Groundwater vulnerability in the Chalk is related to the presence of karst features.
The Chalk is a porous carbonate rock subject to dissolution by rainwater or surface water infiltrating and percolating through it. The dissolving power of infiltrating water works upon fractures and other planes of weakness within the rock, over time producing enlarged fissures and conduits, and in places certain landforms (e.g. stream sinks, dolines, caves) that reflect the dissolution of the rock. In general, soluble rocks that have been subject to this type of chemical weathering, and have developed to some extent the features mentioned above, are termed ‘Karstic’.
The Chalk is designated by the Environment Agency as a Principal Aquifer, meaning that it provides “…significant quantities of water for people and may also sustain rivers, lakes and wetlands.” Indeed, the Chalk Principal Aquifer is the source of the majority of water supply to southern and south-eastern England. However, due to the high groundwater velocities (up to several kilometres per day) that frequently occur within flowing fractures, fissures and conduits, karstic groundwater supplies are among those most vulnerable to pollution.
EGG Consultants Ltd were commissioned in December 2016 to review the karstic groundwater potential of a site located at Markwells Wood within the South Downs National Park and within the catchment of the major public supply springs at Bedhampton & Havant.
Findings indicated that:
I) Dry valleys and other surface karst (dolines) are present within and nearby Markwells Wood. As surface karst is an expression of subsurface karst, subsurface karst in the area is expected to be well developed;
II) Subsurface karst (flowing features) are identified in a number of local boreholes;
III) There is an almost complete absence of surface water within the district, with the exception of ‘Winterbournes’ flowing in normally dry valleys during periods of unusually high groundwater recharge, thus indicating that all flow is concentrated in the subsurface;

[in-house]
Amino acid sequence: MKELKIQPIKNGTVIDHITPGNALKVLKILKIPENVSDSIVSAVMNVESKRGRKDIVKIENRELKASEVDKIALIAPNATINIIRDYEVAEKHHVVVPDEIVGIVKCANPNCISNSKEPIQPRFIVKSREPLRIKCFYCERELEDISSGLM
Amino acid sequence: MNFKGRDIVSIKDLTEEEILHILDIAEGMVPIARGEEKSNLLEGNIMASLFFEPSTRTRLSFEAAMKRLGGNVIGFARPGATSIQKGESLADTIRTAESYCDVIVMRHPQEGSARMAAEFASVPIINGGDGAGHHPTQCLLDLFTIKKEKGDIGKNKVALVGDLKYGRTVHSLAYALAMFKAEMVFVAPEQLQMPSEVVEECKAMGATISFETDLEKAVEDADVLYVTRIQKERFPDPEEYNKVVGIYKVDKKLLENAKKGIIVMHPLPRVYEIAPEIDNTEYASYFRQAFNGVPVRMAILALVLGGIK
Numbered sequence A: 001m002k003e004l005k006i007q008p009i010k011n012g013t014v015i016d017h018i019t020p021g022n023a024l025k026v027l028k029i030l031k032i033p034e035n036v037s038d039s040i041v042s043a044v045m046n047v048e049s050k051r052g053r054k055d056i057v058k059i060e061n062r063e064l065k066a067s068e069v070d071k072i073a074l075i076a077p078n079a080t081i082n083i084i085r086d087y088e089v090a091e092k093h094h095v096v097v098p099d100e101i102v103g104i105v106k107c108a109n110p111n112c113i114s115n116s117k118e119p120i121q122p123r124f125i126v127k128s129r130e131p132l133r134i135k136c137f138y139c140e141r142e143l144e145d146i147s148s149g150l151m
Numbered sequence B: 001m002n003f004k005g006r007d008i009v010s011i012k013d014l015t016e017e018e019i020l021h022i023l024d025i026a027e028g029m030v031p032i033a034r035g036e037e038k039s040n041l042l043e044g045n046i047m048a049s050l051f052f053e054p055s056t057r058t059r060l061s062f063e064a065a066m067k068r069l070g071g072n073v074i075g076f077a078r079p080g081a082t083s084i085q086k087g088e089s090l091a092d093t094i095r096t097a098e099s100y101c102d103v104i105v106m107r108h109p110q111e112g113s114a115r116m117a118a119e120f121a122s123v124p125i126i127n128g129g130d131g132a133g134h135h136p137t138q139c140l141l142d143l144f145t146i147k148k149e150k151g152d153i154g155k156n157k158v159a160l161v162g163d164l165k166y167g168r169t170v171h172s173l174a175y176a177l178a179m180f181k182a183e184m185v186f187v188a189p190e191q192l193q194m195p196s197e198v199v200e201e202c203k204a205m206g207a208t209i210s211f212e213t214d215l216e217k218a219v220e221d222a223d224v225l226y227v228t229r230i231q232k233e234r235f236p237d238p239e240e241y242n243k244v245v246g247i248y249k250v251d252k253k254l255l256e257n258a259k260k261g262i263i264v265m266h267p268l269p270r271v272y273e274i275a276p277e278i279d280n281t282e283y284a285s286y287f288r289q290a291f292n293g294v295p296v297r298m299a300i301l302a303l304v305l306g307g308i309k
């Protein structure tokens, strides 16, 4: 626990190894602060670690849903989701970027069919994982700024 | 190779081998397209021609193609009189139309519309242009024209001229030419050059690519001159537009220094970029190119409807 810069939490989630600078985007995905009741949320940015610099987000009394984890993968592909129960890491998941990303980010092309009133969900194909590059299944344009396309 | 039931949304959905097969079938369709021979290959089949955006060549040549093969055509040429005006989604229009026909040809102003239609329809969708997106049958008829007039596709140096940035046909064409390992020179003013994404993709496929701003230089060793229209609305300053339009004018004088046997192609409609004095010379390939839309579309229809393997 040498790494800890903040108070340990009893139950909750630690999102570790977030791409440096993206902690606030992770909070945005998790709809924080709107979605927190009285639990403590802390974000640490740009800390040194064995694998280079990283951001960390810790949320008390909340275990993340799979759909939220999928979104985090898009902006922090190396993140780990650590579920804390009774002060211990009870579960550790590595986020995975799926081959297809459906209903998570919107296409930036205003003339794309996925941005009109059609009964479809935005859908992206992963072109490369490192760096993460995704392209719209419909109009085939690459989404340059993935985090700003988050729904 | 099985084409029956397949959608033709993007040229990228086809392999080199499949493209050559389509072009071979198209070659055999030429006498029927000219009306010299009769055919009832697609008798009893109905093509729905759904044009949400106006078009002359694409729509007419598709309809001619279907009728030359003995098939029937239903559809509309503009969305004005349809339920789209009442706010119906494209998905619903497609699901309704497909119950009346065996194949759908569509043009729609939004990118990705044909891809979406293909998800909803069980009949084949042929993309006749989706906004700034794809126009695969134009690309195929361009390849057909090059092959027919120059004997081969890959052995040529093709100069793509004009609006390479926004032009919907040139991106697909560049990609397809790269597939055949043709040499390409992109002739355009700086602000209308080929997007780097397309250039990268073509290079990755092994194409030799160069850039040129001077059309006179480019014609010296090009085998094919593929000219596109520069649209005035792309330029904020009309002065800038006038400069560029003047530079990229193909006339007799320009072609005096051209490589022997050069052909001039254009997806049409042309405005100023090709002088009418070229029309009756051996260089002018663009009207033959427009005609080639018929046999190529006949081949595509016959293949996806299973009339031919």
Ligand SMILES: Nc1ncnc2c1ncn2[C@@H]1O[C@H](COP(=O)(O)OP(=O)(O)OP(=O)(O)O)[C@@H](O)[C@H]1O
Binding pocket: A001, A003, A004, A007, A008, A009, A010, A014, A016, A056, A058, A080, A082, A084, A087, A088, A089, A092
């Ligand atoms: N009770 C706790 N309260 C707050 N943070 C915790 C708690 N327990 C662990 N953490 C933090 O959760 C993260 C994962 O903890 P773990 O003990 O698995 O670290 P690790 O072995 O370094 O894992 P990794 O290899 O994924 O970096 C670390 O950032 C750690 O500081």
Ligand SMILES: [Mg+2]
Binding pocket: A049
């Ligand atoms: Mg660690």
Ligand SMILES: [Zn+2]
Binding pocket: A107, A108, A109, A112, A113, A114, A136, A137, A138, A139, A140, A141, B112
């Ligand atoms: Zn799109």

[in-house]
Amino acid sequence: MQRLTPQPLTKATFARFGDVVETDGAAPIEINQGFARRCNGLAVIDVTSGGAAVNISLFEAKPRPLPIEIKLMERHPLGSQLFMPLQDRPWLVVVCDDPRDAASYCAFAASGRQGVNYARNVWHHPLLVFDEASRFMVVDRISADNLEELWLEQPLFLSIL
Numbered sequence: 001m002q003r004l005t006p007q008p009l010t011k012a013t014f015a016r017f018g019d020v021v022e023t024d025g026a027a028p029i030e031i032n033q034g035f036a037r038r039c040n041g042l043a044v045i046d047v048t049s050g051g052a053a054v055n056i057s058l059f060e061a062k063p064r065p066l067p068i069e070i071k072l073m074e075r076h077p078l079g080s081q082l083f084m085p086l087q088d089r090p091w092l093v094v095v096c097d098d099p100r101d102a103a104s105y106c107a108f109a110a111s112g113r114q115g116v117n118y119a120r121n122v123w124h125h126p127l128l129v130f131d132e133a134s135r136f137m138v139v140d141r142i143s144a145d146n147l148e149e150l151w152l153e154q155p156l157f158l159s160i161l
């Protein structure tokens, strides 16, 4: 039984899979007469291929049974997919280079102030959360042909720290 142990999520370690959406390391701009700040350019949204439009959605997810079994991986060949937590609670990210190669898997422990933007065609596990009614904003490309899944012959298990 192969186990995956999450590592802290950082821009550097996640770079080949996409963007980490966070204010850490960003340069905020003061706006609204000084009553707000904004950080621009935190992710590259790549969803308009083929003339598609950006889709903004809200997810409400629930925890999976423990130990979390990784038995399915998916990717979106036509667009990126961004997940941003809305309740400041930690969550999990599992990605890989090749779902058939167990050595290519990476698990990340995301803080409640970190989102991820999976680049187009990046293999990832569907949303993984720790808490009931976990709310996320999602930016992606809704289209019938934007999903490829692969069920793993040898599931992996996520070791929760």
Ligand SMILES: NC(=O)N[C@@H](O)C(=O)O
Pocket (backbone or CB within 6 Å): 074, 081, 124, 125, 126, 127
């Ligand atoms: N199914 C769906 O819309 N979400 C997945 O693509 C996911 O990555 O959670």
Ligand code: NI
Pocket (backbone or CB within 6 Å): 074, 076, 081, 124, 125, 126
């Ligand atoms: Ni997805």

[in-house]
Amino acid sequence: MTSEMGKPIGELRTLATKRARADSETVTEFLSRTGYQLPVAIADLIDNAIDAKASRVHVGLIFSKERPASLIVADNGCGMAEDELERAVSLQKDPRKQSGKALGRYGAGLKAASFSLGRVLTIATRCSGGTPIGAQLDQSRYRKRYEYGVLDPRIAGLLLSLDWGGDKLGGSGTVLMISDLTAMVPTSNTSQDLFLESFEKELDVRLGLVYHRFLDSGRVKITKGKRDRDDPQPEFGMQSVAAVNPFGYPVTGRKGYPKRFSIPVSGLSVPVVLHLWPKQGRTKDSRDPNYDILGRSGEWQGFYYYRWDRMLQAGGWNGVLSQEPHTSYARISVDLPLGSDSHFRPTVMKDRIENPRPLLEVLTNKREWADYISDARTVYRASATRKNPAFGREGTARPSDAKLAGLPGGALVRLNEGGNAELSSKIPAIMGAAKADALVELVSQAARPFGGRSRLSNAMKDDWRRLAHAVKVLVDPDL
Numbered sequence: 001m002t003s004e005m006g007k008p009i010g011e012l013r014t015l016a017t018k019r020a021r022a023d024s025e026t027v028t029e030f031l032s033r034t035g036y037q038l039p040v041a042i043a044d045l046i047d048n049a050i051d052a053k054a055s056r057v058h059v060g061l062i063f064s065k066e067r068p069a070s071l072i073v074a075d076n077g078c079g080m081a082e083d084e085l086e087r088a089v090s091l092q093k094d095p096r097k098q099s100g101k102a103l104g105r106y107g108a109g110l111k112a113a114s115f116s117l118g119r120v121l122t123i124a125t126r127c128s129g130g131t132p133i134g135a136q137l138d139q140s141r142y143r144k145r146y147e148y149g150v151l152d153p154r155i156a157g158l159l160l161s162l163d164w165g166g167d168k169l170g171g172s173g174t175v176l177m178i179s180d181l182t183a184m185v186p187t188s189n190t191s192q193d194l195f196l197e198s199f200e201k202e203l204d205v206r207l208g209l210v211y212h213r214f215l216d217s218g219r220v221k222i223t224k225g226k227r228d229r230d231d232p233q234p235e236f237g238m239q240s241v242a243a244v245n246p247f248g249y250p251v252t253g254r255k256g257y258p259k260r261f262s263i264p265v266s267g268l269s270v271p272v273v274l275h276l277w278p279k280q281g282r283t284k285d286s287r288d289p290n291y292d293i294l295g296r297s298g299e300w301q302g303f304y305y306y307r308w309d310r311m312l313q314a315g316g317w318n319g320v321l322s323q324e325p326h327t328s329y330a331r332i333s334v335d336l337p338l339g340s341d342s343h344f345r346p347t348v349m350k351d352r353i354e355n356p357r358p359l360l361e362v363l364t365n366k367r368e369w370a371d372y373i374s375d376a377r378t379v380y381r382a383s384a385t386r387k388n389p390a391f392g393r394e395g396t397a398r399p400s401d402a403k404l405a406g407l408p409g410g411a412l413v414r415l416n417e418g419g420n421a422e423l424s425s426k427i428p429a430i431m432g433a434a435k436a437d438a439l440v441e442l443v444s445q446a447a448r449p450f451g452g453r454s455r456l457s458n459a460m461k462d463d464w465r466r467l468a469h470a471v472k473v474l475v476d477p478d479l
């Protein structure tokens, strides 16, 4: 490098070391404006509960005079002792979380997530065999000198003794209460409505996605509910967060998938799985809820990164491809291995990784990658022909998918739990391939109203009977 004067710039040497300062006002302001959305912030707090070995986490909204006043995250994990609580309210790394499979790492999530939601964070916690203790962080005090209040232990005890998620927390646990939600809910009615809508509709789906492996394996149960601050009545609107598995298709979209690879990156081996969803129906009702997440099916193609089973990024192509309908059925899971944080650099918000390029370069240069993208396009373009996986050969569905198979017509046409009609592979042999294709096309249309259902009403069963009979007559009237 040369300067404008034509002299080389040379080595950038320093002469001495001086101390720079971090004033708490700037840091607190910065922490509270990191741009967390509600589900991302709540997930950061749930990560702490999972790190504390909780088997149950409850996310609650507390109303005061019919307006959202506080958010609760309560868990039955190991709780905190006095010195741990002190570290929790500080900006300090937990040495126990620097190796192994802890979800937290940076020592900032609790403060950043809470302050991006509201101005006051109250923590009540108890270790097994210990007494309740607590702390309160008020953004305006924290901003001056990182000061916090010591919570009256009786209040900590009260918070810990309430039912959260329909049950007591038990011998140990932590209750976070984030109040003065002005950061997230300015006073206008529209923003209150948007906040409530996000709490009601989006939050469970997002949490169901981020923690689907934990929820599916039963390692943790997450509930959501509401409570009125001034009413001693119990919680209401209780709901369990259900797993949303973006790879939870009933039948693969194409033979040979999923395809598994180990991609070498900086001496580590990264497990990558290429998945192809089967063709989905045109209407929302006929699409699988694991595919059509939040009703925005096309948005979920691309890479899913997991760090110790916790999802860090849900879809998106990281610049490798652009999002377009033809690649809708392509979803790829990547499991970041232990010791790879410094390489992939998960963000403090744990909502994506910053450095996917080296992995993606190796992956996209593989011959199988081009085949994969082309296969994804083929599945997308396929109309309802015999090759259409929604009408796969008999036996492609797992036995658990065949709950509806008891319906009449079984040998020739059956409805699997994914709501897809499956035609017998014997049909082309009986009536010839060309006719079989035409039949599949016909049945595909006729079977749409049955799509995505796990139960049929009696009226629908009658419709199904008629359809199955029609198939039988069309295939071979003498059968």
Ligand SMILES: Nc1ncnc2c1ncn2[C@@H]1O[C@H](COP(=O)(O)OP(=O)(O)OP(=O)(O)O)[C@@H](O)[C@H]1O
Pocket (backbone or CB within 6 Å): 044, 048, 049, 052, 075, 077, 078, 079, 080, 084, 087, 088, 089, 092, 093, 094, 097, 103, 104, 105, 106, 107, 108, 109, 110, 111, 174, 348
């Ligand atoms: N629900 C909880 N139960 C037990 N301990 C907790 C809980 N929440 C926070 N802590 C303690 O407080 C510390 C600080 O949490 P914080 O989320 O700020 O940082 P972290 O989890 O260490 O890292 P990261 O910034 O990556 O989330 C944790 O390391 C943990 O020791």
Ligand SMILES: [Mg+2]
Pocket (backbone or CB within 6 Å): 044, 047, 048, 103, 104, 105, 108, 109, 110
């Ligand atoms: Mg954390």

IV) There is a correlation between the presence of karst dolines and the boundary between the Chalk Principal Aquifer and the overlying Clay-with-Flints deposits. This corroborates the same general findings in this regard from across the wider aquifer;
V) The dry valley immediately adjacent to the proposed site is an upstream tributary of the dry valley system that passes through Rowlands Castle. These and other local dry valleys exhibit orientations mirroring known major NW/SE and NE/SW regional structural faulting within the Chalk;
VI) Tracer tests from Rowlands Castle prove groundwater velocities of up to 12.3 km/day and travel times to springs at Havant of approximately 9 hours, and;
VII) Drilling through the Chalk beneath the water table at this site confirms karstic fissures and/or conduits directly beneath the site.
Multiple lines of evidence suggest that karstic groundwater flow conditions, of potentially kilometres per hour, are present in the vicinity of the site.
Additional inspection of the existing Source Protection Zones delineated for the Chalk Principal Aquifer found that there is little argument to substantiate the boundaries of the current SPZ1 and SPZ2 divisions. As an alternative, some crude estimations of potential groundwater travel times in the wider catchment are made on the basis of a number of proven connections between stream sinks and the Bedhampton & Havant springs. These suggest travel times from the site (located at a distance of 8 km from the springs) may be on the order of ten days, and that a 50 day travel time (i.e. the boundary of SPZ1) would correspond with a distance of between 10 and 11 km from the springs. This estimation is only based on a small amount of data and is necessarily to be treated with caution. However, given this finding, and on the basis of the precautionary principal and other evidence, there is considerable justification for the designation of the area around the site as within SPZ1 (that is, with travel times from beneath the water table of less than 50 days).
Additional groundwater vulnerability assessment, on the basis of the methodology of Edmonds (2008) was used to determine an Aquifer Vulnerability Rating beneath the site of between Moderate to Very High vulnerability, with High vulnerability established as the most likely rating using this method.